How the Career Crumbles

Have you ever looked back at a period of your career where things went increasingly downhill, and wondered how you didn’t see it coming? Wouldn’t it have been handy to have warning signals going off while you were in the middle of your downslide? That’s essentially what Jim Collins’ new book, How the Mighty Fall, examines. Analyzing big corporate failures, Collins came up with five phases of decline. While the book is aimed at the lifecycle of a company, the lessons can be applied to just about any human endeavor – even a career.

  1. How the Career CrumblesHubris born of earlier success – I think we’ve all probably been here are one time or another. Line up a few successes, and pretty soon we develop an aura of invincibility. It’s best to heed Han Solo’s advice here, and “don’t get cocky.” Confidence is one thing. Overconfidence is another. The wise worker knows the difference between the two.
  2. Undisciplined pursuit of more – This is the ugly cousin of number one, and goes something like this: You come off of a great job straightening out the rats’ nest that was the server rack, and decide you did such a great job, you should try overhauling the tech support team’s call-handling workflow. And while you’re at it, the company Web site is sure looking dated, so you’ll learn a little HTML and CSS, and get that fixed up, too. There may be some neo-da Vincis out there with the ability to pull off such a scattershot approach, but not many. Stick to what you’re good at. If you’re the sys admin, be THE Sys Admin.
  3. Denial of risk and peril – Anyone that’s been involved in schedule-dependent activities over the course of a career has probably seen this. You think that if you just nip here and tuck there, you’ll still be able to deliver on time. Maybe you’ve lost a developer, but if you can just eek out an extra hour per day from the remaining team, you can still make your deadline. For the longer arc of a career, though, denial-of-risk and peril might be the Windows guy who never thought this Linux thing was going to catch on with upper management, and didn’t bother getting up to speed before it was too late.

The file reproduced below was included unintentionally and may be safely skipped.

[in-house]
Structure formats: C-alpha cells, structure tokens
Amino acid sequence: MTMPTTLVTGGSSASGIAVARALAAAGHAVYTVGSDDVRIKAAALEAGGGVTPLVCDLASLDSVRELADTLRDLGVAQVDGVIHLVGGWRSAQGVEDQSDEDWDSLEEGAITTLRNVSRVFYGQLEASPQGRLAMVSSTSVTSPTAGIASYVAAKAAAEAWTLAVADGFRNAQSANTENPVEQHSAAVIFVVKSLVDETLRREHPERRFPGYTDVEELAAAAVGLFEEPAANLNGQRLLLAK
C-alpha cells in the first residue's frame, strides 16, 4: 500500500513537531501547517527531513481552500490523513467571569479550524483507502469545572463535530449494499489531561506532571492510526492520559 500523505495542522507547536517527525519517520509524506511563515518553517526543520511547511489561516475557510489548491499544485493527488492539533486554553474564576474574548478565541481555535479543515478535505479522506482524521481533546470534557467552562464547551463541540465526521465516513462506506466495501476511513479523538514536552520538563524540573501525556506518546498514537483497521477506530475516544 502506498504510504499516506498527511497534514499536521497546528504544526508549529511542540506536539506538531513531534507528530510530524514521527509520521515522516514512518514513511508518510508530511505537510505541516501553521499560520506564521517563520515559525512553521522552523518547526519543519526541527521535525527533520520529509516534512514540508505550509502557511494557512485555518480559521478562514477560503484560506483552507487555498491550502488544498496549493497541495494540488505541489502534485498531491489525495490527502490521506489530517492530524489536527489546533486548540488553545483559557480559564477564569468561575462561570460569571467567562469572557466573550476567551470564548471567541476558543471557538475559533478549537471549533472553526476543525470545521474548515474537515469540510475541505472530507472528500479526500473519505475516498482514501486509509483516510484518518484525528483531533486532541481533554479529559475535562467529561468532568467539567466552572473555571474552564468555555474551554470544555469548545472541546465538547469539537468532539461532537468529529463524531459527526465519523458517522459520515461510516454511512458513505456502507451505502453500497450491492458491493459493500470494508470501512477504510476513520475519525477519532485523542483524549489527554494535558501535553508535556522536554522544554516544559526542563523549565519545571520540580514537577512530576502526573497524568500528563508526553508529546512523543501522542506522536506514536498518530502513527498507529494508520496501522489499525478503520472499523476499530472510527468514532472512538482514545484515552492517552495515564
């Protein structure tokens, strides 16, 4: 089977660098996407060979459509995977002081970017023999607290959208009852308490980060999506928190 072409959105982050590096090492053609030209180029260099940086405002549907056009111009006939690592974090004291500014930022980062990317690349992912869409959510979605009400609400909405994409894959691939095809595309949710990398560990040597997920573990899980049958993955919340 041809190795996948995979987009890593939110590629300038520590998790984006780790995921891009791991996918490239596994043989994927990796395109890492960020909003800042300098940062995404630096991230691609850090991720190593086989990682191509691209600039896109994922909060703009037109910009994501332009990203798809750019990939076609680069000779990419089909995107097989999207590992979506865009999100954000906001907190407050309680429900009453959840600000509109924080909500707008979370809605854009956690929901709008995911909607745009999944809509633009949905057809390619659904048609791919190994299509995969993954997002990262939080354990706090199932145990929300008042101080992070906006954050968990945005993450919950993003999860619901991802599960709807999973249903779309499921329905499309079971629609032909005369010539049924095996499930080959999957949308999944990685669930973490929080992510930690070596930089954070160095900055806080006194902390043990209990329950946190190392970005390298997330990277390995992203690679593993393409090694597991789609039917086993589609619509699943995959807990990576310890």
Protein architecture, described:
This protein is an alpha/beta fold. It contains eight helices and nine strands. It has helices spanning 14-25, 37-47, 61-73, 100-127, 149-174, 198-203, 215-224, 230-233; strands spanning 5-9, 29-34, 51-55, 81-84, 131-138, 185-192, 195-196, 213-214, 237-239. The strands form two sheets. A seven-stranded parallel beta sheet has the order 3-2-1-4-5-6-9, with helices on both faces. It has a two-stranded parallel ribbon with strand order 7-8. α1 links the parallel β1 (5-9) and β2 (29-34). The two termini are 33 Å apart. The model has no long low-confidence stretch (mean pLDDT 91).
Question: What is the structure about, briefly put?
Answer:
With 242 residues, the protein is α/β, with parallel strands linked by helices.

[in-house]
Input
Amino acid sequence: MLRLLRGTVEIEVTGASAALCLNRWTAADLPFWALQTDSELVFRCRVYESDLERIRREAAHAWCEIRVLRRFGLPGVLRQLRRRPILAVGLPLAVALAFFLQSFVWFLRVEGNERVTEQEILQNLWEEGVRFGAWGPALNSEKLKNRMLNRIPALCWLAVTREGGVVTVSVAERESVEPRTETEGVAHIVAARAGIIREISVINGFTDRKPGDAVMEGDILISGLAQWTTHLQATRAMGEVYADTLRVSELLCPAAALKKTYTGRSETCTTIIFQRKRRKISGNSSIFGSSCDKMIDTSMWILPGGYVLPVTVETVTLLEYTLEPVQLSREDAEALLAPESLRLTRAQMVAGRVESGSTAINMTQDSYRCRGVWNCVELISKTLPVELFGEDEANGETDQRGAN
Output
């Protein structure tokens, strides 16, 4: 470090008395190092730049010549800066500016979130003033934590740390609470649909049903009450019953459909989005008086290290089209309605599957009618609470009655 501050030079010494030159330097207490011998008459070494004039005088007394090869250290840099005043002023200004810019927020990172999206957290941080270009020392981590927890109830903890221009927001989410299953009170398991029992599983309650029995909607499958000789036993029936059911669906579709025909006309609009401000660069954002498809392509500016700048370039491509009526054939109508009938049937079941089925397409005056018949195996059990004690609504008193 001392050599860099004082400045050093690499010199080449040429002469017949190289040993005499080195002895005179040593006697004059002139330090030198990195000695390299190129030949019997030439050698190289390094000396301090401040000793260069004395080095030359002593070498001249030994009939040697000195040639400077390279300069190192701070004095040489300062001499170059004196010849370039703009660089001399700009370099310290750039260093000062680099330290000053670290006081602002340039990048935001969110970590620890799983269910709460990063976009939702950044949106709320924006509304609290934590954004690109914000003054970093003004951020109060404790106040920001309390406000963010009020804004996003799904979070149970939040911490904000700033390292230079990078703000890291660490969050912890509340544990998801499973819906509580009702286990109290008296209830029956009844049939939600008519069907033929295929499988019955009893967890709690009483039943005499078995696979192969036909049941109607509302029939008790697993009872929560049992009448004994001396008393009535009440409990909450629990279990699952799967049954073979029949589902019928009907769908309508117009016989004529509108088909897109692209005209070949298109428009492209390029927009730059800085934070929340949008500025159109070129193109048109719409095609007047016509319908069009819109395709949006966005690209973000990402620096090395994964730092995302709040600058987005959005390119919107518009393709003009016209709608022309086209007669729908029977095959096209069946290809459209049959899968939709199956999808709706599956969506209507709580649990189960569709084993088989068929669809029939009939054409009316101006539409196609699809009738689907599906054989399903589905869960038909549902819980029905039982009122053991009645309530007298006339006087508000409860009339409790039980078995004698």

4. Grasping for salvation – This is the search for the silver bullet once you finally wake up from the first three phases and have an inkling that you’re going down. This is looking for new and groundbreaking ways to use your COBOL skills, or thinking about putting together a startup to build a Pick based killer app.
  5. Capitulation to irrelevance or death – If you haven’t pulled out of the dive by phase four, you’re doomed.

Fortunately, Collins shows that, as long as you take some drastic action, even getting to stage four isn’t the end. This applies to your career, too. As long as you can take a candid look at where you are and what phase you’re in, you can take the steps to get back to your core strengths.

Chad Broadus

Comments

One Response to “How the Career Crumbles”

September 02, 2009 at 9:53 am, Michael Quariadi said:

Unfortunately this article applies to me. I work better in a structured environment, with a scope of work which is exactly defined; with deadlines which are exactly defined. That’s how it is in the academic world. Unfortunately the real world is never like that. There is always ambiguity in the real world. That ambiguity is what allowed me to shirk responsibility and procrastinate.

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